Thanks for your comment, Cynthia. I think adult ed is definitely an environment where we see more attention to strengths than we typically see in K-12 settings. This is encouraging! However, I think what could still be developed to improve these approaches is the use of systematic methods to gather this information. I do believe those intakes interviews are a great place to start! But the use of a formal tool (e.g., the StrengthsFinder or another similar tool), and a debriefing session on the assessment results might help make the process of strengths identification more accurate. Sometimes we have talents we may not be aware of and that we might not report in an interview! Or sometimes it is the case that we possess an inherent talent (e.g., strategic thinking) but we have only put it to use in situations that make us think of it as a liability (e.g., if someone only applies their strength of strategic thinking in the playing of video games, they may just view all of that as a "waste of time" rather than as a something that can be developed into a strength). So I think the use of formal talent/strengths assessment tools can help. But another crucial part of this approach is developing the strength and putting it to use. Often we stop at the identification of a talent or strength and forget that through intentional practice and engagement of the talent, we may find that we can cultivate it into an exceptional strength. Helping adult learners figure out how to intentionally use and apply their strengths in school, work and leisure provides opportunities to grow and refine those strengths. Data from the field of positive psychology suggest that when we practice something that is already an inherent talent or strength, we can see impressive, exponential growth in our capacities and have a chance to cultivate that strength into an expertise. However, when we practice a weakness, growth is slower and rarely does that domain of weakness ever become an area of expertise (although of course never say never!). So all of that to say, that I think the systematic identification using a psychometrically sound tool as well planning intentional ways to put strengths to work and "practice" them can be that next level beyond those intake interviews.
We are considering mindset, grit, and perseverence are all within a learner's control. However, there is growing body of research that indicates that toxic amounts of stress in a childs life alter the brain development and adversely impact the ability to learn through adulthood.
Additionally, as we look at how to help our students achieve success, we also need to keep in mind the social justice issues. I would suggest reading Racism without Racists: Color-Blind Racism and the Persistence of Racial Ineqality in America by Edardo Bonilla-Silva. https://anth1001.files.wordpress.com/2014/04/eduardo_bonilla-silva_racism_without_racists_color-
Yes, we can support the growth mindset, work collaboratively with the student to help them connect their strenghts to become a life long learner, but we also need to understand both institutional poverty and insitutional racism and the impact it has on students.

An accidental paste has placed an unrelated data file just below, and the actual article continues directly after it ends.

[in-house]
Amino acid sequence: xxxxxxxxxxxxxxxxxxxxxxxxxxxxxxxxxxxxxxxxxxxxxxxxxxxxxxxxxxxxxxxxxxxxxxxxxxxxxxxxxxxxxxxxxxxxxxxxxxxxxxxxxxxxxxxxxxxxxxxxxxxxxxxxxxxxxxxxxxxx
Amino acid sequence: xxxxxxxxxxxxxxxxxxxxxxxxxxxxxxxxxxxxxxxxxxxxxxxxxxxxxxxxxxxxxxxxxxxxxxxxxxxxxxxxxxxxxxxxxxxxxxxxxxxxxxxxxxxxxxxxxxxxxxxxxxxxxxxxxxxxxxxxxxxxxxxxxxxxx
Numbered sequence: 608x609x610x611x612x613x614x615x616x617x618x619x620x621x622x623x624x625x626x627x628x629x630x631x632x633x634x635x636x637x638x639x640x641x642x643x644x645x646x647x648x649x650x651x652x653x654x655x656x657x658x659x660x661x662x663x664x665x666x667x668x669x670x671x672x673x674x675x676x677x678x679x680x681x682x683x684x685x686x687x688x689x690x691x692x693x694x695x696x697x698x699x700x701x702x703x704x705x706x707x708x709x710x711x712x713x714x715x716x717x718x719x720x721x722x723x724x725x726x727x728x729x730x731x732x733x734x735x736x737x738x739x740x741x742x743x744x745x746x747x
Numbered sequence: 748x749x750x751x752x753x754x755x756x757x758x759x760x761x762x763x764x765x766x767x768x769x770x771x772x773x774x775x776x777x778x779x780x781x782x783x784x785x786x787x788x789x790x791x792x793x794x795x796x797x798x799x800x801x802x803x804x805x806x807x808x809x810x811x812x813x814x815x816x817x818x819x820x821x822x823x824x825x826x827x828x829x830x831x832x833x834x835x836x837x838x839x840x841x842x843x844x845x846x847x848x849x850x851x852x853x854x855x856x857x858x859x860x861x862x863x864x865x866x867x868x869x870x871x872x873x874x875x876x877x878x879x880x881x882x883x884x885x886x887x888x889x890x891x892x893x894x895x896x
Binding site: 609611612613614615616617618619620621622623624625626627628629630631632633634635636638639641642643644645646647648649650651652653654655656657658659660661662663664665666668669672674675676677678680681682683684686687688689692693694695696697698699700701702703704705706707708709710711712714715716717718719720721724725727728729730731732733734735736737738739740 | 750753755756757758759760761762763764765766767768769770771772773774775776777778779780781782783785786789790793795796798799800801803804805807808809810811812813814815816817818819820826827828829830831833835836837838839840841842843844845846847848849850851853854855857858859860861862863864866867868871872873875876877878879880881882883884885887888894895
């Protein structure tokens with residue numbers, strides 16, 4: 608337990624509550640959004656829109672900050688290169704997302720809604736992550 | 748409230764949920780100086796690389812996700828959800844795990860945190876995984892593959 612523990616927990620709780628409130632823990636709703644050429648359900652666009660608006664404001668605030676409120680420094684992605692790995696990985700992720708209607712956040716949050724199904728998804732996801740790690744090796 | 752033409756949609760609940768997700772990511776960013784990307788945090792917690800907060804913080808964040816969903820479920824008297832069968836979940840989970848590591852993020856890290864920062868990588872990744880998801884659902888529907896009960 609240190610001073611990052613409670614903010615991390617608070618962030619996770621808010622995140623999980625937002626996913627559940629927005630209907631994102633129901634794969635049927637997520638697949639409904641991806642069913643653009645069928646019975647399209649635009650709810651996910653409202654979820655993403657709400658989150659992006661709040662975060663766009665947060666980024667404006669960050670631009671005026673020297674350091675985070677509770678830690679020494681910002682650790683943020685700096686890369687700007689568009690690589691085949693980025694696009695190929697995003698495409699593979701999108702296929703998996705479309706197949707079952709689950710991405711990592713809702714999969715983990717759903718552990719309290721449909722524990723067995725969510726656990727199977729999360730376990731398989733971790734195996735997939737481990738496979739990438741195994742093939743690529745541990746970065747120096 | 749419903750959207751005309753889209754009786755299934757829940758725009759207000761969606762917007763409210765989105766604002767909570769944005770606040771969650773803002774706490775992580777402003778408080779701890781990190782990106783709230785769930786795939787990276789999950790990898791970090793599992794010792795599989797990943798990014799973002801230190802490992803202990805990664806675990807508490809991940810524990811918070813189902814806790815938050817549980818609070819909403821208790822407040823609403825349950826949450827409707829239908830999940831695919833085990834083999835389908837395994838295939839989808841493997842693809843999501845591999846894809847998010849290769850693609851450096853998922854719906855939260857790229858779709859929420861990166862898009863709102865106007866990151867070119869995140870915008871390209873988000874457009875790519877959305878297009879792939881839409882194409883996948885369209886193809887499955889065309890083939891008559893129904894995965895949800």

Thanks for your comment! The important social considerations you mention are certainly part of a broader national conversation around grit. It was really the publication of Paul Tough's book How Children Succeed: Grit, Curiosity and the Hidden Power of Character that seemed to elicit some very important conversation around this topic of poverty -- as well as a caution to not unintentionally suggest that children "just need to learn to be grittier and that will solve their problems!" People like Alex Kotlowitz (author of There are No Children Here) have challenged all of us to remember that while we are helping to equip individuals with beneficial mindsets, we must always be aware of and working to meaningfully address and improve the social/power structures which come to bear on developing children and the poverty in which an unconscionable number of children live. I share the following link as an example of some of the commentary that has gone on around this topic with specific excerpts of the dialogue between Tough and Kotlowitz on this topic! http://atthechalkface.com/2012/09/30/paul-tough-is-way-off-base-and-stop-saying-grit/
Dear Kathy and Beth:
Every time I sit with a tired adult learner, one who is working very long hours to get by or who has no job and no means of support -- but is trying to stay engaged in learning, I get worried and angry. The impact of poverty, stress, and institutional racism are palpable in education, especially in adult education where students are workers and parents, too, so I want to thank you for the resources that both of you suggest and have begun reading them
Thank you for that background information on positive psychology, Beth! The Wehmeyer quote that you shared ("Put bluntly, across history, people with disabilities have not been viewed in the context of strengths and capacities…the literature in the field of disability has not been strengths-focused, and the literature in the field of positive psychology has not addressed disability") really got me thinking about this idea of intersection. While Wehmeyer was speaking of the field of disabilities, I think that a similar statement might be made about the field of adult education. I know that in my setting even as we try to remain positive in our approach with students, among staff our discussions about students are often focused on what's wrong and many of our professional development activities are focused on learning how to help "fix" those things.